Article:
Squeese me that way again, and I'll give vou leap year, the longest one of the lot." St. Bridget, quick to take advantage of the situation, proposed to the first available man, who happened to be St. Patrick himself. St. Patrick, like many a man since him, found a graceful way out, by giving her a kiss and a silk gown.

And ever since then, the man who refuses a proposal must pay the penalty of giving a kiss and a silk gown. (This legend, by the way, is not found in any theological authority on the lives of the saints.) Scottish Law In 1288, the following law is said to have passed in Scotland. "It is statet and ordaint that during the reign of her mMst blissit megeste, for ilke year known as lepe ye are, ilk may-den ladye of bothe highe and lowe estait shail hae liberate to bespike ye man she likes, albeit he refuses to take his to be his lawful wyfe. he shall be mulcted ine-sum ane pondes or as his estate may be, Excepte awes gif he can make it appeare that he is betrothit ane other woman, he then shall be et free," according to '-Curiousi-ties of Popular Customs" by William S. Walsh.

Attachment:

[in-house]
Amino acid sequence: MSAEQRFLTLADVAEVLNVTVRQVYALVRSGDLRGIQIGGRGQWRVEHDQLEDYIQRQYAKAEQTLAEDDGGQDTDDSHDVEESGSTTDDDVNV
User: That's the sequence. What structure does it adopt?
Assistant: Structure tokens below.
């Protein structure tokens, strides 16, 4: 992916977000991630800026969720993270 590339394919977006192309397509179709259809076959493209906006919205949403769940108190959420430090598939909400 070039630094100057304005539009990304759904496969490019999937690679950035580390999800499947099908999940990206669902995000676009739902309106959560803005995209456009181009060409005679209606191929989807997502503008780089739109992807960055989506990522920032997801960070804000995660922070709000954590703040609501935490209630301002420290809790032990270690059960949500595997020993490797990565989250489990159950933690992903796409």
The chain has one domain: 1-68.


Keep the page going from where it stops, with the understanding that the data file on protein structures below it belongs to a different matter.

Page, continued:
A similar law ot this was approved by the King and passed in France. The privilege was also granted to maidens of Genoa and Florence. No records exist of any fines imposed under the Scotch law. Nor is there any trace of the number of spinsters who took ad- By Charlene Leake' Saturday is that extra day that crops up every four years to make the needed correction in keeping up with slow moving Old man time will skip- a step to keep the record straight. Calendars throughout centuries of man's attempt to make workable and accurate system to calculate time have never been able to.